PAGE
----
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For women like Jayne A. Cordes, the steady stream of investigations in Washington is exhausting.

Celebrities and women across the USA filmed a video in support of Christine Blasey Ford and her accusations against Supreme Court nominee Brett Kavanaugh. The Constitution assigns the Senate, and only the Senate, with the task of advising the President on his nominee and consenting to the nomination if the circumstances merit. "But as an organization committed to fairness and due process, IWF also understands that allegations can not be accepted as true simply because they are made by a woman".

But the 59-year-old real estate agent was less dismissive toward Ford herself. In the letter, Ford said she had received medical treatment after the assault, adding that "it is upsetting to discuss sexual assault and its repercussions, yet I felt guilty and compelled as a citizen about the idea of not saying anything". "You don't want her to be right, because it's a frightful situation". They said Ford's "strong preference" is that "a full investigation" be completed before her testimony, but stopped short of demanding an FBI probe and seemed to suggest that she would testify without one.

"This is a lifetime position", she said.

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On Thursday, Alaska Gov. Bill Walker and Lt. Gov. Byron Mallott - both independents - issued a statement opposing Kavanaugh's nomination.

Twelve of Prof Ford's family members have written an open letter, posted on Twitter, in which they call her "highly ethical", adding that "her honesty is above reproach". The FBI has said it is not investigating the matter, a decision backed by Republicans.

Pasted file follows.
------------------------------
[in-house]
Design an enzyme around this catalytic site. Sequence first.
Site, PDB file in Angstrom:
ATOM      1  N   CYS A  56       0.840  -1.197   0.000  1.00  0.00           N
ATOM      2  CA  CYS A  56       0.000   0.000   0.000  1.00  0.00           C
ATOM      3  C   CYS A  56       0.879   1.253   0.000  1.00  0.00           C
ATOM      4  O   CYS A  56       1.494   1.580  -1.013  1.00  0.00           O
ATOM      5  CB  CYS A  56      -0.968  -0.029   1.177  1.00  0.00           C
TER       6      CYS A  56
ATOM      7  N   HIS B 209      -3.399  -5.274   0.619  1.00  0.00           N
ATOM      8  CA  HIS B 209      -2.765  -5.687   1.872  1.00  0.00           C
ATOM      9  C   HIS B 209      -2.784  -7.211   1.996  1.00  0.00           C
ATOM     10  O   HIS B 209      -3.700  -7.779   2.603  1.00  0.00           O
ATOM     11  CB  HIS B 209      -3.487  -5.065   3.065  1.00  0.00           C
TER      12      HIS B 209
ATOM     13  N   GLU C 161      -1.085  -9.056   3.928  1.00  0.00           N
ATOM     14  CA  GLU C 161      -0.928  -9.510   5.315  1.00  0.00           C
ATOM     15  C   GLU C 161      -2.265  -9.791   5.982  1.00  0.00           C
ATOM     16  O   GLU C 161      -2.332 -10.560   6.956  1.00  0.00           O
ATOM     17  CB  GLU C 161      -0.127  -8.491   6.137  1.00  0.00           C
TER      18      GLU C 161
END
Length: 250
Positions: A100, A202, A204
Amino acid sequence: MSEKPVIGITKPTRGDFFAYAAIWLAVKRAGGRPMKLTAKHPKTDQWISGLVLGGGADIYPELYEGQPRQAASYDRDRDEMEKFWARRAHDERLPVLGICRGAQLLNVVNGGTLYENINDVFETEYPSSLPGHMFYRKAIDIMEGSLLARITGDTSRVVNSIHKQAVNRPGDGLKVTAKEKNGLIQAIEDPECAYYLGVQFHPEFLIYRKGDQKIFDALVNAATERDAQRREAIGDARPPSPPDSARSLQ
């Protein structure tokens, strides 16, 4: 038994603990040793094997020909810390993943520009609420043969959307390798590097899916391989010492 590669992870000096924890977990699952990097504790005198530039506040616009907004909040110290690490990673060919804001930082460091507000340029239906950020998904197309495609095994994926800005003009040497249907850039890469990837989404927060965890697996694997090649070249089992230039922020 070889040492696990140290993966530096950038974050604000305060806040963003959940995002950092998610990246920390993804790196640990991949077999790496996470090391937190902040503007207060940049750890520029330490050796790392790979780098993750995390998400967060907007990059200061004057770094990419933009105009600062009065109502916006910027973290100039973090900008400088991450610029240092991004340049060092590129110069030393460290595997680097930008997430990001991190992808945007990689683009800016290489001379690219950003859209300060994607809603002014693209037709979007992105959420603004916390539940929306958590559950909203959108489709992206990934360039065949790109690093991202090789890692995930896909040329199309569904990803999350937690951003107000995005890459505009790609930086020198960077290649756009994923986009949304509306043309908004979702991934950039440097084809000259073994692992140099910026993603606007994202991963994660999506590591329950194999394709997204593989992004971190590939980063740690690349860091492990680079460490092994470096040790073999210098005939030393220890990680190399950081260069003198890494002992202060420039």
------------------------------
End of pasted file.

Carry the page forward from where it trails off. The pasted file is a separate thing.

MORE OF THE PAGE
The response of these women to the Kavanaugh fallout could be critical in the fight for Congress this fall.

Numerous Republicans had called for the confirmation process to move forward if Ford would not agree to testify, and they accused Democrats of trying to stall the confirmation process. Interviews with almost a dozen women across the country this week suggested a nuanced reaction to the news in Washington that could pose risks to both parties. They don't want the facts.

Most of the female candidates this year are Democrats. Numerous women, regardless of their politics, expressed personal empathy for Ford as she steps into a national firestorm.

"They are totally intent on getting Judge Kavanaugh onto the Supreme Court, come hell or high water", said Democratic Senator Mazie Hirono, who touted a letter of support for Ford signed by more than 1,000 women who graduated from the Maryland school Ford attended in the 1980s.

Are Senate Democrats really interested in learning the truth about the high-school sex-assault accusation against Brett Kavanaugh?

Protesters opposed to President Donald Trump's Supreme Court nominee, Brett Kavanaugh, demonstrate in the Hart Senate Office Building on Capitol Hill in Washington, Thursday, Sept. 20, 2018.

Anita Hill came forward in 1991 to say that then-Supreme Court nominee Clarence Thomas sexually harassed her.

Like Bozell, Republicans on Capitol Hill have said that Feinstein should have brought the information to the panel earlier.

It's also something that's happened before.

"I remember when I was that age".

Ms Ford's demand has been fully backed by Democrats. "I did not do this back in high school or at any time". Whether or not there's conclusive proof of the alleged assault, every senator is entitled to vote yes or no on elevating Kavanaugh from his current position as a federal appeals court judge to the pinnacle of American law based on their individual, subjective assessments of whatever testimony is provided.

"We just have to be so much better than we've been in the past in recognizing what's appropriate and what's not, in terms of the process", Flake said Wednesday in the Costa report.

They want her allegations to be investigated by the United States government before she appears for a hearing in Congress. "It was different times".

Ford supporters protest outside the office of Senator Chuck Grassley on Thursday, saying he's treating her unfairly.